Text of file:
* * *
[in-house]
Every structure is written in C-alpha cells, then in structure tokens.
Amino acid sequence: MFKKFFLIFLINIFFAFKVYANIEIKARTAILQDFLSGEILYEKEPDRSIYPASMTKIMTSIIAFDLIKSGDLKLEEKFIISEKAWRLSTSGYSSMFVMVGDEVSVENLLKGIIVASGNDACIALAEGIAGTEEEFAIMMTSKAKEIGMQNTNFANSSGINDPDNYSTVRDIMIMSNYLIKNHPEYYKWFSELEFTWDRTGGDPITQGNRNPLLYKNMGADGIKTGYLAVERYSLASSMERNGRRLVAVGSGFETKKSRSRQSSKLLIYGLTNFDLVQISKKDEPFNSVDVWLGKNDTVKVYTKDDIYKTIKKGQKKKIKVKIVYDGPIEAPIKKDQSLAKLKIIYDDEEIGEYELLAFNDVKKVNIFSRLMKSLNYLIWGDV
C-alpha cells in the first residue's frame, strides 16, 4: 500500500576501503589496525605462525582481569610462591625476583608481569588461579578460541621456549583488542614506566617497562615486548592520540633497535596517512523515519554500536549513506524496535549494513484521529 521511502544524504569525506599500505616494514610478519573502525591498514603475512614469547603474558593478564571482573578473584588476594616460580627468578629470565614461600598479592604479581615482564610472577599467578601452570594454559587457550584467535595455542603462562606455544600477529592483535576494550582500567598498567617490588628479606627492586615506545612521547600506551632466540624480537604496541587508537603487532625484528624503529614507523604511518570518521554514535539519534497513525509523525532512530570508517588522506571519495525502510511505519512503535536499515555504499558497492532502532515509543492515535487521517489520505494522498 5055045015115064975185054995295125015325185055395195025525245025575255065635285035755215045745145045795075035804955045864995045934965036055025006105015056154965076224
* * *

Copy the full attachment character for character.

[in-house]
Every structure is written in C-alpha cells, then in structure tokens.
Amino acid sequence: MFKKFFLIFLINIFFAFKVYANIEIKARTAILQDFLSGEILYEKEPDRSIYPASMTKIMTSIIAFDLIKSGDLKLEEKFIISEKAWRLSTSGYSSMFVMVGDEVSVENLLKGIIVASGNDACIALAEGIAGTEEEFAIMMTSKAKEIGMQNTNFANSSGINDPDNYSTVRDIMIMSNYLIKNHPEYYKWFSELEFTWDRTGGDPITQGNRNPLLYKNMGADGIKTGYLAVERYSLASSMERNGRRLVAVGSGFETKKSRSRQSSKLLIYGLTNFDLVQISKKDEPFNSVDVWLGKNDTVKVYTKDDIYKTIKKGQKKKIKVKIVYDGPIEAPIKKDQSLAKLKIIYDDEEIGEYELLAFNDVKKVNIFSRLMKSLNYLIWGDV
C-alpha cells in the first residue's frame, strides 16, 4: 500500500576501503589496525605462525582481569610462591625476583608481569588461579578460541621456549583488542614506566617497562615486548592520540633497535596517512523515519554500536549513506524496535549494513484521529 521511502544524504569525506599500505616494514610478519573502525591498514603475512614469547603474558593478564571482573578473584588476594616460580627468578629470565614461600598479592604479581615482564610472577599467578601452570594454559587457550584467535595455542603462562606455544600477529592483535576494550582500567598498567617490588628479606627492586615506545612521547600506551632466540624480537604496541587508537603487532625484528624503529614507523604511518570518521554514535539519534497513525509523525532512530570508517588522506571519495525502510511505519512503535536499515555504499558497492532502532515509543492515535487521517489520505494522498 5055045015115064975185054995295125015325185055395195025525245025575255065635285035755215045745145045795075035804955045864995045934965036055025006105015056154965076224